The 126 medium multi-role combat aircraft (MMRCA) scheme is clearly defunct. The tragedy is that India has lost years to reach the decision to buy “off-the-shelf”. The initial request for information had been issued in 2001, 14 years ago! It was only six years later that the request for proposal (RFP) was published, as the then defence minister, A.K. Antony, wanted to add new clauses, such as the total life-cycle costs, in the Indian defence procurement policy.
Five years later, in January 2012, Dassault Aviation was selected for supplying to the IAF after a long competitive process, which lasted five years with the American F/A-18 and F-16, Russian MiG-35, European Eurofighter and Swedish Saab Gripen in the race. Why so many years to come back to the starting blocks?
Because of the complicated and tortuous defence procurement policy drafted by the former “honest” defence minister. The inter-governmental agreement will put the last nail into the MMRCA deal. Considering that until the time the Indian delegation arrived on Thursday ahead of the Prime Minister, tough discussions were still on for the 126 planes (the bone of contention being the 108 to be manufactured in Bengaluru), it was a quick, pragmatic, “out of the box” and smart move to bring the “critical operational necessity” of the IAF on the negotiating table and dropping the MMRCA framework.
The modalities, number and delivery framework could not be completed in time to be included in the joint statement, but the French were relieved when the Indian Prime Minster confirmed the “deal” during his joint press conference with Mr Hollande. The IAF and the Indian finance minister, Arun Jaitley, must be relieved too.
A French defence blog wrote that till the time Mr Modi spoke, the French had been like Saint Thomas wanting to “see” before believing. The rest is history.
When Mr Modi visited the Airbus headquarters, he was told that the European company is ready to increase their sourcing from India by 500 per cent during the next five years (from $400 million today to $2 billion in 2020). It was a cherry on Mr Modi’s “Make in India” programme.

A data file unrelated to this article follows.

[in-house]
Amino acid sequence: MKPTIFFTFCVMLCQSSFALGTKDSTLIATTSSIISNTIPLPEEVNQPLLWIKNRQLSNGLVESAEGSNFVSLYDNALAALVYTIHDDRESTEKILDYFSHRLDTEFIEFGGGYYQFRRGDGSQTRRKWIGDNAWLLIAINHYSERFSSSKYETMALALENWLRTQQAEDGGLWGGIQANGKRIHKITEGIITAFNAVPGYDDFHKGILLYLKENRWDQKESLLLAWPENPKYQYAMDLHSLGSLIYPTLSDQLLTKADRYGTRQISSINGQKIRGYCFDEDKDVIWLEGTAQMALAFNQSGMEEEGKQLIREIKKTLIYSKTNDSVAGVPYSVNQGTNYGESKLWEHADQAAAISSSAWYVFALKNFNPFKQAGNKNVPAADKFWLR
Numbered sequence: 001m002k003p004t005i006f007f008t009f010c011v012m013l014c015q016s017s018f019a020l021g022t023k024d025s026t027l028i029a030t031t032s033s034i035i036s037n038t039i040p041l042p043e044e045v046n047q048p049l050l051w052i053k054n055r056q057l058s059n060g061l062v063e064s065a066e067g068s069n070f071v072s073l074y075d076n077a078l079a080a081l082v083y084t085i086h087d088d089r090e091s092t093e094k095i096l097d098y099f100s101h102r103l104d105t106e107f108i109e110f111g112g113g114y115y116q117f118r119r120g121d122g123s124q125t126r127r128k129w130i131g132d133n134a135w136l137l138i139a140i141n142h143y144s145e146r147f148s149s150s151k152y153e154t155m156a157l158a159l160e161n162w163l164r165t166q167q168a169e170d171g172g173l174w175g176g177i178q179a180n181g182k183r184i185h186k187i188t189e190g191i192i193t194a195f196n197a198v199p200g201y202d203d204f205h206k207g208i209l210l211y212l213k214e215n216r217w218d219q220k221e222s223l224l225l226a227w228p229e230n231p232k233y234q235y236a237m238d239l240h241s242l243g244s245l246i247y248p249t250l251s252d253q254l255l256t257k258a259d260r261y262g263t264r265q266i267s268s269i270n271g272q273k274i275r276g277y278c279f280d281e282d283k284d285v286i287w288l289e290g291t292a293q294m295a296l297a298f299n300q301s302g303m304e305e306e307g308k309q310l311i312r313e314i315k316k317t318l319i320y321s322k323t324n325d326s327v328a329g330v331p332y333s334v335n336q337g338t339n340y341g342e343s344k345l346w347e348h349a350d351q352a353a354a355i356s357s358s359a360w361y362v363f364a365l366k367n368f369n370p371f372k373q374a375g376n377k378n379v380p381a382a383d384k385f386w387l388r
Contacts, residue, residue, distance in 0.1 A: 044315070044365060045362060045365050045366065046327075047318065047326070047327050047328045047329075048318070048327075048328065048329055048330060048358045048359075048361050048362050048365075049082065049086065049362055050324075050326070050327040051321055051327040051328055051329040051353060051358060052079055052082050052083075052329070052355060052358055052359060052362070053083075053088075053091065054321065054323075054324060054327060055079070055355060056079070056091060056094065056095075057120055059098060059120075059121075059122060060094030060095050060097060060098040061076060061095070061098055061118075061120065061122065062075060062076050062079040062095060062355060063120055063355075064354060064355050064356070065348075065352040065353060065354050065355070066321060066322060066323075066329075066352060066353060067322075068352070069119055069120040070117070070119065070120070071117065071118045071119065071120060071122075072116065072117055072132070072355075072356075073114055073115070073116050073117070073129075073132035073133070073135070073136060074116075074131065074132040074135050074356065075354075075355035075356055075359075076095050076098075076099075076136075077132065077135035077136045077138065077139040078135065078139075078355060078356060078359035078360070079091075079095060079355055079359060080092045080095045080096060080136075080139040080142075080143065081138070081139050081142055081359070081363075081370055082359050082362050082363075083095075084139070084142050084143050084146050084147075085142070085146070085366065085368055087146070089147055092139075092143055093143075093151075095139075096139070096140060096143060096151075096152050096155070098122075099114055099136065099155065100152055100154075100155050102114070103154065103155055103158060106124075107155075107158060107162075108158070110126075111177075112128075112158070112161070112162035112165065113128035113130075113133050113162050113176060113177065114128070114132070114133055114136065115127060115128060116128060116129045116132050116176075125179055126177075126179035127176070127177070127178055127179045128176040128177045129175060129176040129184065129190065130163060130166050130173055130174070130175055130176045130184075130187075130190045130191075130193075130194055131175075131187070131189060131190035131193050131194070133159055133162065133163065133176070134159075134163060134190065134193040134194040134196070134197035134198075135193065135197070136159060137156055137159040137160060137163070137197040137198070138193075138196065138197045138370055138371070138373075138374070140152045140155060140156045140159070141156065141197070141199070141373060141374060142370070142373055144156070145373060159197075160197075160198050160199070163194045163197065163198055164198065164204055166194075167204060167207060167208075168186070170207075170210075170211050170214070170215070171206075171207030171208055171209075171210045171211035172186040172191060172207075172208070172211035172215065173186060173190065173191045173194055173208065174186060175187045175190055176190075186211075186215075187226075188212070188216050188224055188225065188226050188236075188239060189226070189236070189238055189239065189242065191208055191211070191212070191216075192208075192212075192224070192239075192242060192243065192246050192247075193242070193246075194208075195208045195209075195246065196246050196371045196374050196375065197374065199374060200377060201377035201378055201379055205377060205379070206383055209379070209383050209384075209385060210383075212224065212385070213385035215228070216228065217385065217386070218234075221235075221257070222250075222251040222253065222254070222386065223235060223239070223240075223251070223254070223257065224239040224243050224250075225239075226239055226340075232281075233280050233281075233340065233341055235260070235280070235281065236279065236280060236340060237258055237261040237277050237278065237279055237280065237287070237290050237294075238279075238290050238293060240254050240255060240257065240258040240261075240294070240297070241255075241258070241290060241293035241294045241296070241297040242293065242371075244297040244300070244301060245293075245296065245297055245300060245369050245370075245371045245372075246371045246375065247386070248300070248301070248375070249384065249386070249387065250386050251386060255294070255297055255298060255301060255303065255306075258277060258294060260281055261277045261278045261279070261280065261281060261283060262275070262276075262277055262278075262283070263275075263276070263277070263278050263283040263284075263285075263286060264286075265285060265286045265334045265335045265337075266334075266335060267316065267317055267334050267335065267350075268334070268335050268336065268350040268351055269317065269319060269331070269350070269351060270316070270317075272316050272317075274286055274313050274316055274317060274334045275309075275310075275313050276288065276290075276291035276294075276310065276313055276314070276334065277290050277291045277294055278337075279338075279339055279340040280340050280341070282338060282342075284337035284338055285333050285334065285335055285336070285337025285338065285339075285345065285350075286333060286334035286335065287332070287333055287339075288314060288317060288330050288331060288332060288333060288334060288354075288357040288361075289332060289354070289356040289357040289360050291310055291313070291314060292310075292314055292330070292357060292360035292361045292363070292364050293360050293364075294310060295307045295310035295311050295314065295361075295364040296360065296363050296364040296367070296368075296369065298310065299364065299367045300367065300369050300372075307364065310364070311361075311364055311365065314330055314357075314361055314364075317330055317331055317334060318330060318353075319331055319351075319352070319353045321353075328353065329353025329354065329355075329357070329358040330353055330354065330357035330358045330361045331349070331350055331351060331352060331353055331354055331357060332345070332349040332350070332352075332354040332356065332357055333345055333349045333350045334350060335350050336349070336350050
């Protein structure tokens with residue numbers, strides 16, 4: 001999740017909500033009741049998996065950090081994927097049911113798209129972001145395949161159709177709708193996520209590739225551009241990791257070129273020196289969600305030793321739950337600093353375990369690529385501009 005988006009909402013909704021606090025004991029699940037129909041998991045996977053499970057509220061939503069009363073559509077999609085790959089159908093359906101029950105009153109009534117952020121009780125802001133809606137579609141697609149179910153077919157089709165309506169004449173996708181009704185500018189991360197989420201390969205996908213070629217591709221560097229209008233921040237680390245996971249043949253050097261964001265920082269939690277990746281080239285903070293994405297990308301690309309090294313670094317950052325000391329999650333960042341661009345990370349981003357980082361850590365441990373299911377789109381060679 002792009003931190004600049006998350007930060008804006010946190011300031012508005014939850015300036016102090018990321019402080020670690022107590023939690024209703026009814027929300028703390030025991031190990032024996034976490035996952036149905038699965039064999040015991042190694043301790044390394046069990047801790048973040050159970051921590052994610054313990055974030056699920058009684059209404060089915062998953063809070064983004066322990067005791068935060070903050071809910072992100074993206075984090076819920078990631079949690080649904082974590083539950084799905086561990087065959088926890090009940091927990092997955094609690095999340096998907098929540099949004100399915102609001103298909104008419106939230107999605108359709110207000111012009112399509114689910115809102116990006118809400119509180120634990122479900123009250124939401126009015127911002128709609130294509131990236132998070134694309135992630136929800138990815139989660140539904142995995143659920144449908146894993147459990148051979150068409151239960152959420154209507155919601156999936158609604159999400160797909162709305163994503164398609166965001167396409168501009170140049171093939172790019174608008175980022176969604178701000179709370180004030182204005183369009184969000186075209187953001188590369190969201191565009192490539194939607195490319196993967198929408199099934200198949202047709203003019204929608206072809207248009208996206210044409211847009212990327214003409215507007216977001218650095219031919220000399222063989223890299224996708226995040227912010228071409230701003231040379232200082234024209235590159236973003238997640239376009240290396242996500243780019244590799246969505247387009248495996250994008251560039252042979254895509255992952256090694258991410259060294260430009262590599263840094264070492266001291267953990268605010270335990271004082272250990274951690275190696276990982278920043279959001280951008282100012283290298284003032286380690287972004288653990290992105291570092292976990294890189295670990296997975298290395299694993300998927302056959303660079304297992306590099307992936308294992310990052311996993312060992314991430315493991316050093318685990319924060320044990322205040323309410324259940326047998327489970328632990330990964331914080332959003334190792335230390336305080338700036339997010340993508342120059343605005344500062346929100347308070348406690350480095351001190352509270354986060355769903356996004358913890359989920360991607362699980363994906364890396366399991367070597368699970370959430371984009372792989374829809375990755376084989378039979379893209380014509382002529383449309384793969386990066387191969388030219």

A touching moment was the visit to a World War I memorial in Neuve Chapelle, near Lille in northern France. Mr Modi spoke about the 10,000 Indians who lost their lives while fighting alongside France: “India is known as the land of sacrifice and devotion.” He reiterated that Indians never fought to expand their territorial boundaries, but for justice: “India is a nation that has always believed in world peace.”
The French persons of Indian origin, assembled in the Carrousel du Louvre, Paris, were delighted to hear the Prime Minister say: “From my experience I can say that India has no reason to remain poor.”
A special event was the visit to the United Nations Educational, Scientific and Cultural Organisation where Mr Modi spoke on Indian and universal values. Before reaching the main auditorium, he bowed in front of Sri Aurobindo’s statue installed outside the building.
An Indian agency said that he paid tribute to Rabindranath Tagore. Despite the lapsus, the great poet had an immense admiration for the rishi. After visiting Puducherry in 1928, Tagore wrote: “Rabindranath, O Aurobindo, bows to thee! O friend, my country’s friend, O voice incarnate, free, of India’s soul.” The poet added, “You have the word and we are waiting to accept it from you. India will speak through your voice to the world. Hearken to me!”
The message of India not only as a great economic, but also civilisational nation is slowly percolating to foreign countries.
This also helped to make the visit a success.